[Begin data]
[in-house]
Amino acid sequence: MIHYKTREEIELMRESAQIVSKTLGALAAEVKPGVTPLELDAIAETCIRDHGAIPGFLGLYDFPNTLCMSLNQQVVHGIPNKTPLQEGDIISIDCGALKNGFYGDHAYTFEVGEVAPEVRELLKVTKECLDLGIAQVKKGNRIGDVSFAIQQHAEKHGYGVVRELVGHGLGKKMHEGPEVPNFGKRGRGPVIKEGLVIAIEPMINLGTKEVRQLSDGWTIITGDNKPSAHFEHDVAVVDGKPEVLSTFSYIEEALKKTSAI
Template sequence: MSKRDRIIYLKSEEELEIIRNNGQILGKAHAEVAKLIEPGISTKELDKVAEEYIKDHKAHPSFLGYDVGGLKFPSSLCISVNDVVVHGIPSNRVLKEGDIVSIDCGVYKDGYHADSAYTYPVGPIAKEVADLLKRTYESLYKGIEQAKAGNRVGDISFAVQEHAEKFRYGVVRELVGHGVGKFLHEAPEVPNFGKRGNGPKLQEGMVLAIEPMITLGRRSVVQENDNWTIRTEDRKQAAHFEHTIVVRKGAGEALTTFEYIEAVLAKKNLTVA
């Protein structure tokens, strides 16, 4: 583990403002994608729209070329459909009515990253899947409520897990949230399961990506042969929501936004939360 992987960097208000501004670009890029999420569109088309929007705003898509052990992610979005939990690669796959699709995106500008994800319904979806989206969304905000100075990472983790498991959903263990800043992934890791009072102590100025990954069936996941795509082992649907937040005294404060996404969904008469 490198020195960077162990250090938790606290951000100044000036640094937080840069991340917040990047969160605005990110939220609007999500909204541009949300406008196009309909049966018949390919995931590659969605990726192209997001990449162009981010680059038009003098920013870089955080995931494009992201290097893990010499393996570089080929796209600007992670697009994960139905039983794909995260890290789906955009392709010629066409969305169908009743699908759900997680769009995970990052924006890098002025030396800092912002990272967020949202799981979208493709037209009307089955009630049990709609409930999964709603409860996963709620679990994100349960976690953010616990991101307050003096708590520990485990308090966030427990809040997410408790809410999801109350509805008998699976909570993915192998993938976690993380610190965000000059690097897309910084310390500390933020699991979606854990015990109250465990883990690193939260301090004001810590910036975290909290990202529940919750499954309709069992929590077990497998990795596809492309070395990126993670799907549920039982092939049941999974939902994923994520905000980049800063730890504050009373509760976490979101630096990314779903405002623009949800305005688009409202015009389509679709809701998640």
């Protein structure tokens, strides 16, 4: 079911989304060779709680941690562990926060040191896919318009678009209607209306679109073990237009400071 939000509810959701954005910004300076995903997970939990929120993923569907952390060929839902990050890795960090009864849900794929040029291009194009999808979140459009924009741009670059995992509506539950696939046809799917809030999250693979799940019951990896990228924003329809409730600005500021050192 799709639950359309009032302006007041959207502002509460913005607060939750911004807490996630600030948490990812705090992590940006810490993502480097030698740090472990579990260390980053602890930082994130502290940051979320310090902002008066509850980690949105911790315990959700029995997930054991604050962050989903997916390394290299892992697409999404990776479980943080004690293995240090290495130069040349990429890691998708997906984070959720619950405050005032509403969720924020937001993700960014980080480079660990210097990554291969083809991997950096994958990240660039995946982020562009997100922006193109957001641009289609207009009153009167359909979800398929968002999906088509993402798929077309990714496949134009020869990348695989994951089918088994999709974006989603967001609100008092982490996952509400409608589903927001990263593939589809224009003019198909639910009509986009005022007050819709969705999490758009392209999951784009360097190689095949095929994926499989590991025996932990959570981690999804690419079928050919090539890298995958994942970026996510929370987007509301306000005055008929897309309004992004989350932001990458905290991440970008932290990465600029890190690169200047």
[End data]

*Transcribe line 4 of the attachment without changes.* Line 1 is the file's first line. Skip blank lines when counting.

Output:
């Protein structure tokens, strides 16, 4: 583990403002994608729209070329459909009515990253899947409520897990949230399961990506042969929501936004939360 992987960097208000501004670009890029999420569109088309929007705003898509052990992610979005939990690669796959699709995106500008994800319904979806989206969304905000100075990472983790498991959903263990800043992934890791009072102590100025990954069936996941795509082992649907937040005294404060996404969904008469 490198020195960077162990250090938790606290951000100044000036640094937080840069991340917040990047969160605005990110939220609007999500909204541009949300406008196009309909049966018949390919995931590659969605990726192209997001990449162009981010680059038009003098920013870089955080995931494009992201290097893990010499393996570089080929796209600007992670697009994960139905039983794909995260890290789906955009392709010629066409969305169908009743699908759900997680769009995970990052924006890098002025030396800092912002990272967020949202799981979208493709037209009307089955009630049990709609409930999964709603409860996963709620679990994100349960976690953010616990991101307050003096708590520990485990308090966030427990809040997410408790809410999801109350509805008998699976909570993915192998993938976690993380610190965000000059690097897309910084310390500390933020699991979606854990015990109250465990883990690193939260301090004001810590910036975290909290990202529940919750499954309709069992929590077990497998990795596809492309070395990126993670799907549920039982092939049941999974939902994923994520905000980049800063730890504050009373509760976490979101630096990314779903405002623009949800305005688009409202015009389509679709809701998640």